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This Week in History
August 16 - 22, 2015

Dispatch from the Committee of Correspondence,[1] 

General Anthony Wayne Shows the Great Lakes Indians
What Are the Character and Intentions of the British
(August 20, 1794)

By Pamela Lowry

Gen. Anthony Wayne (1745-1796)

August 20, 1794--General Anthony Wayne and his troops of the American Legion today won a decisive victory over the British invaders at Fallen Timbers in the Northwest Territory. During the eleven years since American independence was ratified, Great Britain has waged a relentless and illegal war against our frontier settlements, hoping thereby to maintain a large wilderness area between the Ohio River and Canada. Despite the terms of the Treaty of Paris in 1783, Britain has refused to withdraw from her forts on American soil at Niagara, Detroit, and Mackinac, and has even built a new post, Fort Miami, between Lake Michigan and Lake Erie.

During the past two years, General Wayne's American troops have been constructing a line of supply depots from the Ohio River north to the Great Lakes. The goal of this construction is not only the future settlement of the area, but to convince the Great Lakes Indians that the British are only using them as pawns in a larger strategic plan. Therefore, when the Indians attacked Wayne at Fallen Timbers, his troops did not fire back, but instead mounted a bayonet charge which drove the Indians back to Fort Miami. As Wayne had foreseen, the British refused to let the Indians into the fort, and they had to flee to the shelter of the surrounding forest.

By Kmusser (Self-made, based on USGS data.) [CC BY-SA 2.5], via Wikimedia Commons
The Battle of Fallen Timbers occurred near the Maumee River a few miles southwest of Toledo, near the town of Maumee, Ohio. The "Fort Miami" referred to in this article is what became Fort Wayne, Indiana.

Then, as the Indians watched, General Wayne and Lieutenant William Henry Harrison slowly walked up and down in front of the fort, defying the British gunners who were standing by the cannons with lighted matches. The British did not dare to fire, and the Indian leaders have consequently sent word that they wish to sue for peace. It should be only a matter of months until the British, with no one left to hide behind, will be forced to withdraw to Canada. There, they will be distant witnesses of a process which they greatly dread -- the settlement of the Northwest Territory with farms, towns, schools and churches.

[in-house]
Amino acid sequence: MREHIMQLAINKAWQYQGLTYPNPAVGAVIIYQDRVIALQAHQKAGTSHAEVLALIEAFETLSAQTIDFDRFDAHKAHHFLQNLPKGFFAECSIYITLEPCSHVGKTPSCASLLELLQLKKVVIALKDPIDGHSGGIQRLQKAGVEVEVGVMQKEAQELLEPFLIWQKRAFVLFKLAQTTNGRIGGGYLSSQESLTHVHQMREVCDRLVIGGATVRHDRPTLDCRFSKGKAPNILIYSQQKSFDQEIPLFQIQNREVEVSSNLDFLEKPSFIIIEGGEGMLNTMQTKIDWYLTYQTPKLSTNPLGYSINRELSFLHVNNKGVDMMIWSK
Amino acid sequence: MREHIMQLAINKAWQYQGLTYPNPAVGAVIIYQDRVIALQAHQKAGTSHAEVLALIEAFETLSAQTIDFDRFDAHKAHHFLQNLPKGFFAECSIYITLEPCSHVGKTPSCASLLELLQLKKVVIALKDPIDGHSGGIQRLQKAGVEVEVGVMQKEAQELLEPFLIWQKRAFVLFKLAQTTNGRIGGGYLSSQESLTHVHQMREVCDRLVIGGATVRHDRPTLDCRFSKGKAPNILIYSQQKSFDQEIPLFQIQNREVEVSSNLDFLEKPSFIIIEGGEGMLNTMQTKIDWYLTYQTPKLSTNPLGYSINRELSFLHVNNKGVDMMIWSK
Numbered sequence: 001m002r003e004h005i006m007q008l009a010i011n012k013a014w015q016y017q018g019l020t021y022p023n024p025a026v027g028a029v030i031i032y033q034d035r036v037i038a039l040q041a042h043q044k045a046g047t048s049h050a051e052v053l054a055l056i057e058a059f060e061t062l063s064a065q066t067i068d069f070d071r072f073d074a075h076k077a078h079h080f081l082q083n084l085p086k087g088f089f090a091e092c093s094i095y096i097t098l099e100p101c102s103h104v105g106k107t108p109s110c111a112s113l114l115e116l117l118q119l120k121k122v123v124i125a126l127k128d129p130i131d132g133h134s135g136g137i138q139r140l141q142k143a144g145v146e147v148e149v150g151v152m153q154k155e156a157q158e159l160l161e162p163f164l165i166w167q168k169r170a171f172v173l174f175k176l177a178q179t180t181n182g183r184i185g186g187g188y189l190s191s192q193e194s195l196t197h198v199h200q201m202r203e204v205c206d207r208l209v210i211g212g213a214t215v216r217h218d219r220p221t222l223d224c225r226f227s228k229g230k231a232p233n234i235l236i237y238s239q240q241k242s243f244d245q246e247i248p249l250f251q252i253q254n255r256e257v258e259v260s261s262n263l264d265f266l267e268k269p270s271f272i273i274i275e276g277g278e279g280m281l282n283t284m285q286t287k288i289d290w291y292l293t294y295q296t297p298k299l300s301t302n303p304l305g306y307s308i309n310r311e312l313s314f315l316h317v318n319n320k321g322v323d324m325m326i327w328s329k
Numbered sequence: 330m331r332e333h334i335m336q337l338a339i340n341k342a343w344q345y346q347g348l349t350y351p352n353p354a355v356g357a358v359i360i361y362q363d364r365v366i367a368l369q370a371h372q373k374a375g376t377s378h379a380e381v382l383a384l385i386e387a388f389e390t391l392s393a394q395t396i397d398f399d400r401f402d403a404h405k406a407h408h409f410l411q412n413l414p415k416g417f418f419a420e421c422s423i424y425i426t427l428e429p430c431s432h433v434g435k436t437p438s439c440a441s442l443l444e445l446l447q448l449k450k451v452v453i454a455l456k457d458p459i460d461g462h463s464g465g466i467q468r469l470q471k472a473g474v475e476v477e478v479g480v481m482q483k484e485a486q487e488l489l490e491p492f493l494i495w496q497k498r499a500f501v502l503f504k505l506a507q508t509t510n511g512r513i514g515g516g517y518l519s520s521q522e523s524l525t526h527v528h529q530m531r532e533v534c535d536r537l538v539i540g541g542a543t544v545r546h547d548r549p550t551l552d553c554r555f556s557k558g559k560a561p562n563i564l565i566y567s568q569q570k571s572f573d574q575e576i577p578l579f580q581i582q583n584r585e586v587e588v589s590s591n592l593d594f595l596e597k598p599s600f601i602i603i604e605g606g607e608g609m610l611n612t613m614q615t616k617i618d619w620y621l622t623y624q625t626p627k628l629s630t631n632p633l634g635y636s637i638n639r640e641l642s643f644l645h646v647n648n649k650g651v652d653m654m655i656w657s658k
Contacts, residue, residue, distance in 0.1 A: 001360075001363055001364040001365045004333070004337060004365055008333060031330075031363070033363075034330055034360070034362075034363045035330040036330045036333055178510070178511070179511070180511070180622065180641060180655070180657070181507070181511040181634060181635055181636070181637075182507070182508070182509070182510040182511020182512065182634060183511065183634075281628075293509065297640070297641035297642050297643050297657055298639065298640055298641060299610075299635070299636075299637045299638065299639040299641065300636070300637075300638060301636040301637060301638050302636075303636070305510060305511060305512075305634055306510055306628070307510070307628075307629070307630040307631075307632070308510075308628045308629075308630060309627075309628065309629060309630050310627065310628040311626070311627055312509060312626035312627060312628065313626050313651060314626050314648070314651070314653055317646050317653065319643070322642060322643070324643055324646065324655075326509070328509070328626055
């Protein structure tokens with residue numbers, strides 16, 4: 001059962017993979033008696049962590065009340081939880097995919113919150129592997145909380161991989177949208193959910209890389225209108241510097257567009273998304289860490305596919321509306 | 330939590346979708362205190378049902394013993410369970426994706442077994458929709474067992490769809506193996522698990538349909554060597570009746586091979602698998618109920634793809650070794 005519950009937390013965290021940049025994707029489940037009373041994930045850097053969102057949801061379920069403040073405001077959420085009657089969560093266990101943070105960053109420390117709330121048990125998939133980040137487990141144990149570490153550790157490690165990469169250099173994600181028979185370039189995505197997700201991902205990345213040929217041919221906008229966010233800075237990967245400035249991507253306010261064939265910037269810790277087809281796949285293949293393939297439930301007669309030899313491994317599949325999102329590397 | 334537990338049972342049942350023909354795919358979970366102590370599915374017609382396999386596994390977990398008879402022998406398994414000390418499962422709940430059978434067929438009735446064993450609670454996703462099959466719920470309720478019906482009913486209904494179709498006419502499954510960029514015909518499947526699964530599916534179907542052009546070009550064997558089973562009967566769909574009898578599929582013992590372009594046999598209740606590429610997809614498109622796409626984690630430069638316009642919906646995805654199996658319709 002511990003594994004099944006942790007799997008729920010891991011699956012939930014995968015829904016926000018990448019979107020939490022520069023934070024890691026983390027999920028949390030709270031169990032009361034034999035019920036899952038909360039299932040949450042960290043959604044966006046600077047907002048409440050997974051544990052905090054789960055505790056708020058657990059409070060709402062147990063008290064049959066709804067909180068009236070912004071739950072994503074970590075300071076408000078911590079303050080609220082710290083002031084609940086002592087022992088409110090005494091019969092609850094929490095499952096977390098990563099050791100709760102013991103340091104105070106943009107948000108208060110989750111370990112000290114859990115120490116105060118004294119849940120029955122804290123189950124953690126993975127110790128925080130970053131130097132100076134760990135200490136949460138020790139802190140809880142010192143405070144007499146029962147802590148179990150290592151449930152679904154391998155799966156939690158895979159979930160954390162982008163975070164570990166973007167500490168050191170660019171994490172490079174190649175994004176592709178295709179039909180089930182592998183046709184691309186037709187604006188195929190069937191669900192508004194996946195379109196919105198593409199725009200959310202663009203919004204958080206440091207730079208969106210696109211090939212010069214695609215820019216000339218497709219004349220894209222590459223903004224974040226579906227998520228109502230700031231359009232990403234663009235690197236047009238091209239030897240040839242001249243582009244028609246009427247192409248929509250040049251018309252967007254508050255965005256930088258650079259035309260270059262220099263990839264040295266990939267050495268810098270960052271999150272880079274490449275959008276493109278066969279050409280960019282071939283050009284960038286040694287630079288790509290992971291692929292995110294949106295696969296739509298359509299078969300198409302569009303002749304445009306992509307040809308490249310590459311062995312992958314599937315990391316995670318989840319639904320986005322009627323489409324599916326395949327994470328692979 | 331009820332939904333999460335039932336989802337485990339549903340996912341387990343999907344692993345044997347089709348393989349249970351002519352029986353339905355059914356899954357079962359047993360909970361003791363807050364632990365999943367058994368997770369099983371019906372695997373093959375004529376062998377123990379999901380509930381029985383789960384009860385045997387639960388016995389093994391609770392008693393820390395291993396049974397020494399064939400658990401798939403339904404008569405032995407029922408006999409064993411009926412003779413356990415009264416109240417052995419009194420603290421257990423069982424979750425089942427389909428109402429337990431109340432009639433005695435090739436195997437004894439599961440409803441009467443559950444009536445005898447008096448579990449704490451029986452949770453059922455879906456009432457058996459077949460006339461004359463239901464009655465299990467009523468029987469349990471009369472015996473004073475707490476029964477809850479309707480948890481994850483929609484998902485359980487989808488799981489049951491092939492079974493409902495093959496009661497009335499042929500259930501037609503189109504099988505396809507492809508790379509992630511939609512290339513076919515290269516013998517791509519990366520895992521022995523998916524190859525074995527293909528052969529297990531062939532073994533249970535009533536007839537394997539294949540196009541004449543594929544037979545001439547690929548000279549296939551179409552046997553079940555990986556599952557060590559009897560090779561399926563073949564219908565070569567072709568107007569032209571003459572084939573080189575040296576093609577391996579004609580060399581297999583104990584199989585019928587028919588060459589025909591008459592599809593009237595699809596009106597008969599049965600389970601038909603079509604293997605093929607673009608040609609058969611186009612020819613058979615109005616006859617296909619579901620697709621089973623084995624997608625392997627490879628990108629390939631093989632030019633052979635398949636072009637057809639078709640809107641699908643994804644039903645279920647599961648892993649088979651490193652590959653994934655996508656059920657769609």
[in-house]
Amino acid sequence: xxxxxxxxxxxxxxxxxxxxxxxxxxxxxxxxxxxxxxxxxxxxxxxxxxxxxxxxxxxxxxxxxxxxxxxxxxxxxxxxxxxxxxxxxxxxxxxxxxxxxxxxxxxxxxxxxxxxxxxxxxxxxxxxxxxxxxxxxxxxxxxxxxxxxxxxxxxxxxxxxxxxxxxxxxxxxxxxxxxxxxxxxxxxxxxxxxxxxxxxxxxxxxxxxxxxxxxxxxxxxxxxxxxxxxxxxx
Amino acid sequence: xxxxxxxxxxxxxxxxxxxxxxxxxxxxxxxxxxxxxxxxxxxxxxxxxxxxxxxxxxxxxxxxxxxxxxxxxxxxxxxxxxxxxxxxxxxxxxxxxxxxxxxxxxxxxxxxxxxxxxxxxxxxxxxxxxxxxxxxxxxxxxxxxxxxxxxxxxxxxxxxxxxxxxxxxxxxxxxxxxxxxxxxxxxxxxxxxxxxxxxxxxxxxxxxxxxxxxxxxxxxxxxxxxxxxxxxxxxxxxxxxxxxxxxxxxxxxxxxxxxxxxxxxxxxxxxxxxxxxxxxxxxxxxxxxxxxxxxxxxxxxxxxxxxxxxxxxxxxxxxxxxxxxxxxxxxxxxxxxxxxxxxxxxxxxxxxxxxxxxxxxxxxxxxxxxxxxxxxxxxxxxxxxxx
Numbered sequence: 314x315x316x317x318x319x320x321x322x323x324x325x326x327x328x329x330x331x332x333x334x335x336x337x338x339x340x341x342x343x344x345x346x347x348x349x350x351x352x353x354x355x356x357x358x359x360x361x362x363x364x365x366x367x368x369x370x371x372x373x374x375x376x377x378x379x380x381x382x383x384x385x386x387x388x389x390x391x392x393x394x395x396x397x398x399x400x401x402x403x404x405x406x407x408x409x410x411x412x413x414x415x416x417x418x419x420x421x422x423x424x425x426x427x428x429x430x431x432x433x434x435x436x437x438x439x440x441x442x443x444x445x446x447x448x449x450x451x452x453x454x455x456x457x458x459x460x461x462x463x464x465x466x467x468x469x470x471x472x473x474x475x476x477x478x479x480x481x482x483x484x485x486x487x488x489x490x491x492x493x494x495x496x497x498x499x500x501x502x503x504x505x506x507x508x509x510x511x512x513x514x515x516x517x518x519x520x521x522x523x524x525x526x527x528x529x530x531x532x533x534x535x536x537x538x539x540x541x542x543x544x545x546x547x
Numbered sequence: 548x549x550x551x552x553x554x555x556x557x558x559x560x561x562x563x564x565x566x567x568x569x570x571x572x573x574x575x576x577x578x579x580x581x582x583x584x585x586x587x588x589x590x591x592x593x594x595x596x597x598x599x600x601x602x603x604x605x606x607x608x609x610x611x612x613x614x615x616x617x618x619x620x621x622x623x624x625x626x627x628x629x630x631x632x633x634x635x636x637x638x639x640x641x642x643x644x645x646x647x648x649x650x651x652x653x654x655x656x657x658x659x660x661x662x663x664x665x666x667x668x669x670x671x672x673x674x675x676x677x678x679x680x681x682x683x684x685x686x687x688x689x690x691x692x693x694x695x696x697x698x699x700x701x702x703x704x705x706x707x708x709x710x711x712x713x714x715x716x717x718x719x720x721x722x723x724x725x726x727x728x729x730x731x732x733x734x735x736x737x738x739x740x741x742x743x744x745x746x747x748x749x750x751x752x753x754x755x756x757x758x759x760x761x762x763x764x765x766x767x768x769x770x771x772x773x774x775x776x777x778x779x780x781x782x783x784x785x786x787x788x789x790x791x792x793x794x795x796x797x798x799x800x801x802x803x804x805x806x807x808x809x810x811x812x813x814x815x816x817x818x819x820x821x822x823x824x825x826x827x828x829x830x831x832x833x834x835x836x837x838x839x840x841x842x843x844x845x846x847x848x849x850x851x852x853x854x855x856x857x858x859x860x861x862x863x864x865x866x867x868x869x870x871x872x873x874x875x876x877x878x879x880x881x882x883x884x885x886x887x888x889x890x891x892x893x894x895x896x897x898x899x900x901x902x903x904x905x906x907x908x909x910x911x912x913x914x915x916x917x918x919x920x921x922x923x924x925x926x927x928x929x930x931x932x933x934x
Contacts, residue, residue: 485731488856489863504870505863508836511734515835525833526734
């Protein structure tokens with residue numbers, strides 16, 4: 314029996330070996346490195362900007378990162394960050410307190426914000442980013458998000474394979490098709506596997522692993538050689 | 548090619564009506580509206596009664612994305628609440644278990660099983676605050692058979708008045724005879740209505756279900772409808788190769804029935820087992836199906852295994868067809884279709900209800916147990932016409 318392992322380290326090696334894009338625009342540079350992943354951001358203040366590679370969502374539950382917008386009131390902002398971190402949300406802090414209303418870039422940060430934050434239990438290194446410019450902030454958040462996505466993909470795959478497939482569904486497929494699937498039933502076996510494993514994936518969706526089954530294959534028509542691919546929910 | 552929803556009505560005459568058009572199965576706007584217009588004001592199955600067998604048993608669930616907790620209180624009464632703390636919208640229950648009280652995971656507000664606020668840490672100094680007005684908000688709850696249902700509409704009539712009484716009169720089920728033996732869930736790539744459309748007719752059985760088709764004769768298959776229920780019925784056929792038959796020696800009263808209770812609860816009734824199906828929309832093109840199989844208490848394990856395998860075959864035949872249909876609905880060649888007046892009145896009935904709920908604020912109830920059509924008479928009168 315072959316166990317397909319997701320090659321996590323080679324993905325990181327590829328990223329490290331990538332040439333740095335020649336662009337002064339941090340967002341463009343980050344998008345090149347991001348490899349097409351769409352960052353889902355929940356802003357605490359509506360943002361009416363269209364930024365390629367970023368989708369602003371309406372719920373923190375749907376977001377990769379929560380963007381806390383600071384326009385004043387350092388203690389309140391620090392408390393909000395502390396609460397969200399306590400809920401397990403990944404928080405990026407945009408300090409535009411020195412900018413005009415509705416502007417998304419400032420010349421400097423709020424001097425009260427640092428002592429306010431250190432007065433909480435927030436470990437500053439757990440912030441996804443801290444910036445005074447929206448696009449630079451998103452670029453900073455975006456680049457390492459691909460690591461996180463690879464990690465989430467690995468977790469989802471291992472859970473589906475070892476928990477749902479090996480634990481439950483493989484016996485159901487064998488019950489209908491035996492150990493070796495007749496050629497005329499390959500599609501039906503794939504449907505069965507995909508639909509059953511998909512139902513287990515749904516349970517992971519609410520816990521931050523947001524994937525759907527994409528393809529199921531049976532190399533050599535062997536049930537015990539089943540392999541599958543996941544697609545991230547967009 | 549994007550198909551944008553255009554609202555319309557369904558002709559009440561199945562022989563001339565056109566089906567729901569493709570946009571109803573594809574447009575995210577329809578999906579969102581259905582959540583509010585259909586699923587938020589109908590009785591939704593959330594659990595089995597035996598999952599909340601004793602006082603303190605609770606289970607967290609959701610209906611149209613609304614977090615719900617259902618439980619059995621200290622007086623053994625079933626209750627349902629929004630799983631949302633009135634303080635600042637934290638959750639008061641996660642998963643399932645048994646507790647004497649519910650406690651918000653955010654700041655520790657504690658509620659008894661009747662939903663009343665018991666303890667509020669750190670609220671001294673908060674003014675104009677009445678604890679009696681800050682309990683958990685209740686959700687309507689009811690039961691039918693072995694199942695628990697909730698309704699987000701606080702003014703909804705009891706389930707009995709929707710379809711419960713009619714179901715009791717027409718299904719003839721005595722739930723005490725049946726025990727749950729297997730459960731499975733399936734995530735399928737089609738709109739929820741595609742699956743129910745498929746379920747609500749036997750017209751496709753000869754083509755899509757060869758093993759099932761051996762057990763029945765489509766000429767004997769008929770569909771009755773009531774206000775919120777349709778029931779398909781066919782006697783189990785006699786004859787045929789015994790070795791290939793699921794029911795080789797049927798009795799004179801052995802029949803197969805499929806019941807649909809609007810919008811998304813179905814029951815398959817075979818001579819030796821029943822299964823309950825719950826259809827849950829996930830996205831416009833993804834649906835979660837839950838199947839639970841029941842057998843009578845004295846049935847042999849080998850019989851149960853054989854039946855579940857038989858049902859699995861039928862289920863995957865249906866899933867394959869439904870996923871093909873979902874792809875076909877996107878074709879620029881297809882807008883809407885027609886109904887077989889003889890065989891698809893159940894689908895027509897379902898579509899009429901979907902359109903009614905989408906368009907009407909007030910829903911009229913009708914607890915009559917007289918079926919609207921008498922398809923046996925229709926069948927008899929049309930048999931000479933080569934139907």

Originally written in 1991 for an EIR radio program, "And now, news from the American Republic"


[1] The Committees of Correspondence, best known from Benjamin Franklin’s work, were the American colonies’ means for maintaining communication lines in the years before the Revolutionary War. In 1764, Boston formed the earliest Committee of Correspondence to encourage opposition to Britain’s stiffening of customs enforcement and prohibition of American paper money. The following year, New York formed a similar committee to keep the other colonies notified of its actions in resisting the Stamp Act. In 1773, the Virginia House of Burgesses proposed that each colonial legislature appoint a committee for intercolonial correspondence. The exchanges that followed built solidarity during the turbulent times and helped bring about the formation of the First Continental Congress in 1774. The Committees continued to function in the following years as a US Intelligence Service.